We are catalysts who cause people to pursue and fulfill their purpose. Yes, that’s right, to cause people to fulfill their purpose! To cause is to make something happen.
As spiritual and transformational leaders we would make ourselves crazy if we took responsibility for fulfilling the dreams of others. No one needs that kind of pressure; yet, we not only can cause people to fulfill their purpose, it is our purpose as leaders.
I take my inspiration from Joshua, Moses’ successor, who inherited the task of leading a million people lost in the desert into a homeland God promised to their ancestors (Joshua chapter 1, verse 6). God’s word to Joshua was to “cause this people to inherit the land I swore to their fathers to give them.” To cause. I never thought of it before, but the directing word used was not “help”, or “lead” , or “inspire”, though I’m sure all of those things are implied, but it was to cause them to obtain their promise.
How can we be transformational leaders who cause others, and particularly the people we love, to lay hold of their promise and purpose? Some things we must do:
- See Yourself as a Catalyst
- Lend Your Resources and Influence as a Safety Net
- Leverage Your Experience as a Launching Pad
- Call out Gifts and Strengths
See Yourself as a Catalyst
We have to understand our role and calling as catalysts (change agents). The more we grow and mature in our own purpose, the more we come to realize we are not simply building out a grand plan to single-handedly change the world, but we are investing in the people we love and lead to help them reach for things they are not sure they can accomplish.
To “cause transformation” implies those we lead may not otherwise step into their dream. To cause, in this sense, is being a catalyst for transformation, an impetus for change, a facilitator to help people climb to their intended heights. We don’t take an arrogant or self-important posture because the dream does not come from us, the ability does not come from us, someone else’s promise is something given to them and it can find fulfillment independent of us. On the other hand, as a leader strategically placed in someone’s life through relationship we can encourage, facilitate, mentor, coach, lift, and inspire people to step into and seize their promise.
Lend Your Resources and Influence as a Safety Net
One feature common to all sane high wire acts is a net. Yes, the thrill of danger might be greater without a net, but the mere existence of the net gives rookie performers the confidence they need to put on a spectacular show. The day might come when these performers become more seasoned and they will attempt movements without a net, but while learning a net is a good thing. Similarly, in every endeavor, a safety net emboldens us to take greater risks.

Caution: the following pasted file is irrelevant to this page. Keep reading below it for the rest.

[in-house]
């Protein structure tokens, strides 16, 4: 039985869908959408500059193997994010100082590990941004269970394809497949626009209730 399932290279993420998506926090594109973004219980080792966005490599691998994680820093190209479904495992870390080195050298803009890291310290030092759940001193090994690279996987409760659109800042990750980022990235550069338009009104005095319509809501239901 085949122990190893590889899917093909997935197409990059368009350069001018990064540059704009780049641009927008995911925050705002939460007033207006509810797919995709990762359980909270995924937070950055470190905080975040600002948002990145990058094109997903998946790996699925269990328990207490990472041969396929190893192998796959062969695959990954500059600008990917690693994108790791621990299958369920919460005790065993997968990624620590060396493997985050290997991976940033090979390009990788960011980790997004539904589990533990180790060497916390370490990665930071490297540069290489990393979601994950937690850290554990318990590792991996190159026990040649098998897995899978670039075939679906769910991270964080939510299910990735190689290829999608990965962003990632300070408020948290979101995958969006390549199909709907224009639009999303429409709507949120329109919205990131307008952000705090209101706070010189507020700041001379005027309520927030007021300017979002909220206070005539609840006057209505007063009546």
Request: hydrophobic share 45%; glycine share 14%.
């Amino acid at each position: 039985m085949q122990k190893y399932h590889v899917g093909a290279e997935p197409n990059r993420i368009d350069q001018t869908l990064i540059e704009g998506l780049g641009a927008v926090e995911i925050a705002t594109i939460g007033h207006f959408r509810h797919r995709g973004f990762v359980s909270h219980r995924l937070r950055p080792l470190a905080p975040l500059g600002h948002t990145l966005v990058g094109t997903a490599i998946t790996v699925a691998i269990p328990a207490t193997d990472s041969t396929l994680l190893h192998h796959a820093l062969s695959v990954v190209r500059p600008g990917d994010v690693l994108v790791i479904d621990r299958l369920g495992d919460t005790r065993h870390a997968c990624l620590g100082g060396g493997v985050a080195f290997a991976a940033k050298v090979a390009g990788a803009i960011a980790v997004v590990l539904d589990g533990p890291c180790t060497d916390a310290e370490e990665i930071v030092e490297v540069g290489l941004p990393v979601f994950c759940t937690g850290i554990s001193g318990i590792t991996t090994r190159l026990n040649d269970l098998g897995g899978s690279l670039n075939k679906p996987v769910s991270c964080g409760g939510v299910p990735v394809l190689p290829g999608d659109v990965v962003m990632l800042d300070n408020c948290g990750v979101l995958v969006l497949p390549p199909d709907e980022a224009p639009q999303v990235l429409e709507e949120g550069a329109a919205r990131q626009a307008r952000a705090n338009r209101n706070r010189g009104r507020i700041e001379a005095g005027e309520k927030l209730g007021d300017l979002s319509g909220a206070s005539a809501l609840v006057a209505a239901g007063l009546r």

Lending our resources to underwrite bold actions is a gift. Lending our influence can move others paces ahead quickly. Such leadership gestures give “wings” to people and prompts them to action.
Leverage Your Experience as a Launching Pad
As transformational leaders we lead with the heart of a father or a mother desiring good things for those we lead. With my children I always wanted to act as a ladder for them to climb and reach things I could never reach. The heart of transformational leadership is leveraging our experience to help those coming behind us reach higher.
Call Out Gifts and Strengths
Those we lead already have gifts and strengths. We do not approach leadership from the standpoint that followers will fail without us, no, we approach leadership from the posture of helping them do what they were probably going to grow into anyway, only we will help them do it sooner, better, and with the advantage our encouragement and support.
“Catalyst” is a scientific term for a substance that increases the rate of a chemical reaction. Contact with a catalysts speeds up a process. In the story of Joshua, Joshua’s strength and courage in leadership and spirituality inspired an army to do what they could have done physically without him, but not emotionally or spiritually. The ability was within the people, but they needed Joshua to show them the way.
Our purpose, as spiritual leaders, is helping others discover and understand their calling and purpose, to help them believe in their gifts, and to relate our own experiences to give them a fast track for learning and growth. My purpose is helping the people I love and lead lay hold on their design.
We tend to downplay our role in the lives of people obviously gifted. Of course God is the one who gave them the gift in the first place, of course a person is not going to change unless they decide, but our role is important in transforming the lives of the people we love and lead.
Take a moment to think of one way you can intentionally encourage someone today? Take a moment and share some other ways you encourage the people you lead.